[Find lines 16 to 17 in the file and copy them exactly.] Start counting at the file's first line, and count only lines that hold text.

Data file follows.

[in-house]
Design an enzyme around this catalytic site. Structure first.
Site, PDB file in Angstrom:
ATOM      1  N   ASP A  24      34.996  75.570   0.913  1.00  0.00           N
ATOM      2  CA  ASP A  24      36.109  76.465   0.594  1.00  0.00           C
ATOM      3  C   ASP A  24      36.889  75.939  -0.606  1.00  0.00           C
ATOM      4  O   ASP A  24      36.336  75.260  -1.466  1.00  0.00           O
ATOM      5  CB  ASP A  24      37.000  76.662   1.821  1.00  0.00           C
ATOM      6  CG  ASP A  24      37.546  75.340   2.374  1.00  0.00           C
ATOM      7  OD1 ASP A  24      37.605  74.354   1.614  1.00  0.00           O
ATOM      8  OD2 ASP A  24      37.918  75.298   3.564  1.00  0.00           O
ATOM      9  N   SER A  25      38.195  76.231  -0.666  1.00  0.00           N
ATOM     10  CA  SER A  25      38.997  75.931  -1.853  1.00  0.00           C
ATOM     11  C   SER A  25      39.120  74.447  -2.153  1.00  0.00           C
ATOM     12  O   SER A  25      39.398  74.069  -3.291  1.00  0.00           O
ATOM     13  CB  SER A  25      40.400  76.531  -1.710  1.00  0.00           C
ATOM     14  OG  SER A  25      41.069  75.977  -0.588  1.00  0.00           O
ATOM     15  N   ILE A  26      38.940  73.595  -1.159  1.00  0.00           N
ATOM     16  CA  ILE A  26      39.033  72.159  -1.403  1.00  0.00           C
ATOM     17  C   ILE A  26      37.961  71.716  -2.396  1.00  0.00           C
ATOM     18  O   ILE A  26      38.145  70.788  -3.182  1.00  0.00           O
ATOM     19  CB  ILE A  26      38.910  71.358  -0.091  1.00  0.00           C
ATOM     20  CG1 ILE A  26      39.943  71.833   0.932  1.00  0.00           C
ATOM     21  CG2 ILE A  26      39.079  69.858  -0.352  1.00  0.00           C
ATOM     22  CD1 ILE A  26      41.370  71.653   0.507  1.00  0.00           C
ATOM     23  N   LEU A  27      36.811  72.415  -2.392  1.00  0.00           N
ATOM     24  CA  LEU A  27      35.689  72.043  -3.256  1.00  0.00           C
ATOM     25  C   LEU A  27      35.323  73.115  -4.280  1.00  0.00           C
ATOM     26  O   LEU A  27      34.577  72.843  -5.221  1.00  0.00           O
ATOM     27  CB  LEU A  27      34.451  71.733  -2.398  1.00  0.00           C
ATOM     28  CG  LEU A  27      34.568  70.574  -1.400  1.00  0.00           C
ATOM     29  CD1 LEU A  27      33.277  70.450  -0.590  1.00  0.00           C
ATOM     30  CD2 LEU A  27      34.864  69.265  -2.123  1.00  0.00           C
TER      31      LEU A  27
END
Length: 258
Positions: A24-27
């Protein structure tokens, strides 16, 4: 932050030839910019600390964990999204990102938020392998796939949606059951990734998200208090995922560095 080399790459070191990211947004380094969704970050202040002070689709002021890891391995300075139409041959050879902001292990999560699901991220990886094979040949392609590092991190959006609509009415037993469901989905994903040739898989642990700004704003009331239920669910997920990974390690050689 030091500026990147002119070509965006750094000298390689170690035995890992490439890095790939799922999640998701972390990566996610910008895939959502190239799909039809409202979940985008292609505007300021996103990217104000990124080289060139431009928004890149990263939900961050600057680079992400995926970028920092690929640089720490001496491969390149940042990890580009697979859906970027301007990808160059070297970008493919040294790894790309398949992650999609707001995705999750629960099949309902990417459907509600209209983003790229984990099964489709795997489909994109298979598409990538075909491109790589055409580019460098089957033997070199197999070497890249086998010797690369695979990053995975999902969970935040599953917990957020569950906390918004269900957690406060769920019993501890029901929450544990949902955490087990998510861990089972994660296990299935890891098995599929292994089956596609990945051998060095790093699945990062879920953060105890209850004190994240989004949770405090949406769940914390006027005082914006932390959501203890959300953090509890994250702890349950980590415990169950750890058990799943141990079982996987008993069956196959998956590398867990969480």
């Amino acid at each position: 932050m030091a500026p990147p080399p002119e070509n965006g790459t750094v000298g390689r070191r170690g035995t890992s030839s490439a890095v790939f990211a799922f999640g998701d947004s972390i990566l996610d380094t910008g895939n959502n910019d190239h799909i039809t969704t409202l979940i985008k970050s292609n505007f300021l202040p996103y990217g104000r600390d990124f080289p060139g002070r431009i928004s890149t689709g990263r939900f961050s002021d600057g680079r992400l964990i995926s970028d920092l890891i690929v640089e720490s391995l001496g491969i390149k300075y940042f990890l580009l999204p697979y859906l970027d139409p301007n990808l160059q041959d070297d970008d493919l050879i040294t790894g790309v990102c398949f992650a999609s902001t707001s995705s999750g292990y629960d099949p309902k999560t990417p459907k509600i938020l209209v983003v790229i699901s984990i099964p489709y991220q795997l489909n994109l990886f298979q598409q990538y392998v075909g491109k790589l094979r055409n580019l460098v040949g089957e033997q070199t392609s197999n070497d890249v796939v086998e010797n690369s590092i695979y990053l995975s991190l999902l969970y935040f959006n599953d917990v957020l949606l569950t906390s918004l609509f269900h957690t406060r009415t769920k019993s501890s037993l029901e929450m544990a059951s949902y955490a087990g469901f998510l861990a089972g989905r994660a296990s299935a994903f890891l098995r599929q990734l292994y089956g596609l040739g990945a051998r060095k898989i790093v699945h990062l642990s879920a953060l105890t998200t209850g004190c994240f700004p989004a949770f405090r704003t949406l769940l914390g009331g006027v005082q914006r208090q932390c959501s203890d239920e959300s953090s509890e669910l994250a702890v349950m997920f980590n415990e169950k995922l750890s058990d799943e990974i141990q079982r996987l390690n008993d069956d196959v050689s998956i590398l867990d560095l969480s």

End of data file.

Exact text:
ATOM     13  CB  SER A  25      40.400  76.531  -1.710  1.00  0.00           C
ATOM     14  OG  SER A  25      41.069  75.977  -0.588  1.00  0.00           O